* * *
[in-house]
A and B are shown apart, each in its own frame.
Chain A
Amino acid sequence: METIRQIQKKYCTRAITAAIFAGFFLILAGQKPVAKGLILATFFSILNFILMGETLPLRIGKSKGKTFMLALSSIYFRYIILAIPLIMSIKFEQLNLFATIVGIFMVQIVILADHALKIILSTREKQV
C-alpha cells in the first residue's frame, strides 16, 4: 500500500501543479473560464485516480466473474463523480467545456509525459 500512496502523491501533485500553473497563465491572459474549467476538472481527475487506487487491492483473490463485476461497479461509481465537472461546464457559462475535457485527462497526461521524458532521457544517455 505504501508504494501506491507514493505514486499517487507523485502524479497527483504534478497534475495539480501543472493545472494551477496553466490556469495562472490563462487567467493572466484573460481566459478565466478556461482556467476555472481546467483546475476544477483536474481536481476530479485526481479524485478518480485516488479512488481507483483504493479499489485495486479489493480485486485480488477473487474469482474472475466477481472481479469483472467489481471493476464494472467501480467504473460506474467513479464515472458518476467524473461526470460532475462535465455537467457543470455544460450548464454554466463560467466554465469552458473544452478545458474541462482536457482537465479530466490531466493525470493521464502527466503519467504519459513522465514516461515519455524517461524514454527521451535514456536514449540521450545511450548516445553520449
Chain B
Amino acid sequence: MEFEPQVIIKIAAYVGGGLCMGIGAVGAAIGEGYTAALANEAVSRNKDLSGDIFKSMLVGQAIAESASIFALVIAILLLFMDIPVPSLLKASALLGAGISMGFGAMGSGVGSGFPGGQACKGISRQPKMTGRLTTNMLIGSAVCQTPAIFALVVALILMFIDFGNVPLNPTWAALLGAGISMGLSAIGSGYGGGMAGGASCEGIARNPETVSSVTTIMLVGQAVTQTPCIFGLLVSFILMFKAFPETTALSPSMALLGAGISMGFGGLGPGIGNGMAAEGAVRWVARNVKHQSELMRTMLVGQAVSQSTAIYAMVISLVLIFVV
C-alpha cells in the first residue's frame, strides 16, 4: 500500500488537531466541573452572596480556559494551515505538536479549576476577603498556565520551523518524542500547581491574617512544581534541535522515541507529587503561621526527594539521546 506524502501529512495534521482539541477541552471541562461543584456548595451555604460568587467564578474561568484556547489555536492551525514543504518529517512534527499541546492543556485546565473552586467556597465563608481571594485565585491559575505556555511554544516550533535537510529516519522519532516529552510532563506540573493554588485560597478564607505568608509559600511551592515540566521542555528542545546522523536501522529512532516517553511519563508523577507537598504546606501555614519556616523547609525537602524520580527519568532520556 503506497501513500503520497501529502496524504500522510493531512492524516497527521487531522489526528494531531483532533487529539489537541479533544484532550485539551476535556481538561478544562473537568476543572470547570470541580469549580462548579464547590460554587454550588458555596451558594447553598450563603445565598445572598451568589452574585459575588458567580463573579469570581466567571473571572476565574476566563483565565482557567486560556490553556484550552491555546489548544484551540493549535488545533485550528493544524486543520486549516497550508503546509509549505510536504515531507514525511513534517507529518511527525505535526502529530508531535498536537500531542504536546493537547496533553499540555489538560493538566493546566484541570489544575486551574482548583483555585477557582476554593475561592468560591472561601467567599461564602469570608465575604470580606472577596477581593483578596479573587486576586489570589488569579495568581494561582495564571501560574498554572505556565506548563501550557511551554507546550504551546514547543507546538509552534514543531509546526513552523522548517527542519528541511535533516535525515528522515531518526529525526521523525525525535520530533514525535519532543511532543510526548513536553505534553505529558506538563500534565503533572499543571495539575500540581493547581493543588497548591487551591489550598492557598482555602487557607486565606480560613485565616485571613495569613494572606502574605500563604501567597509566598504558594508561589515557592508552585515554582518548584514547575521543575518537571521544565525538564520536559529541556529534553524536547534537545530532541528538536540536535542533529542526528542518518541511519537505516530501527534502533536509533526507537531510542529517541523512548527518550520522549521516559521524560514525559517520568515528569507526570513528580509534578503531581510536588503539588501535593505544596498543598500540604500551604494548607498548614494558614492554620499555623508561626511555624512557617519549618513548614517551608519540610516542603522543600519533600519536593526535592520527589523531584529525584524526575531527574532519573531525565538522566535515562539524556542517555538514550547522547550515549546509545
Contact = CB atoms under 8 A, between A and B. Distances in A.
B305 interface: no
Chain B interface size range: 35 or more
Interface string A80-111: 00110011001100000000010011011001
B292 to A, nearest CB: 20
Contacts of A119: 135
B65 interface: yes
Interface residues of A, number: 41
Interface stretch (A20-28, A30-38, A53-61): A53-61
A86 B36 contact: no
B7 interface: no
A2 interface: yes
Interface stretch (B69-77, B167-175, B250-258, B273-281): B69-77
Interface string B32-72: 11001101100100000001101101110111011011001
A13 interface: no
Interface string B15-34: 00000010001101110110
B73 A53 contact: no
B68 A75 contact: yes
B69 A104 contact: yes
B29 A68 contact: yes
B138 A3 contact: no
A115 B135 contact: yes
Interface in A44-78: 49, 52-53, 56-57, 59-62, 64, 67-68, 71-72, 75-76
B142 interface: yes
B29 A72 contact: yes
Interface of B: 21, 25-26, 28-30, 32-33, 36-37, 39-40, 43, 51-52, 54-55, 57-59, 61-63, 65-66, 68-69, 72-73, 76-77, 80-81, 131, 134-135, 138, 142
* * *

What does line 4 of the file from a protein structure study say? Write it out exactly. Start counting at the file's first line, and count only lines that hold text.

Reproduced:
Amino acid sequence: METIRQIQKKYCTRAITAAIFAGFFLILAGQKPVAKGLILATFFSILNFILMGETLPLRIGKSKGKTFMLALSSIYFRYIILAIPLIMSIKFEQLNLFATIVGIFMVQIVILADHALKIILSTREKQV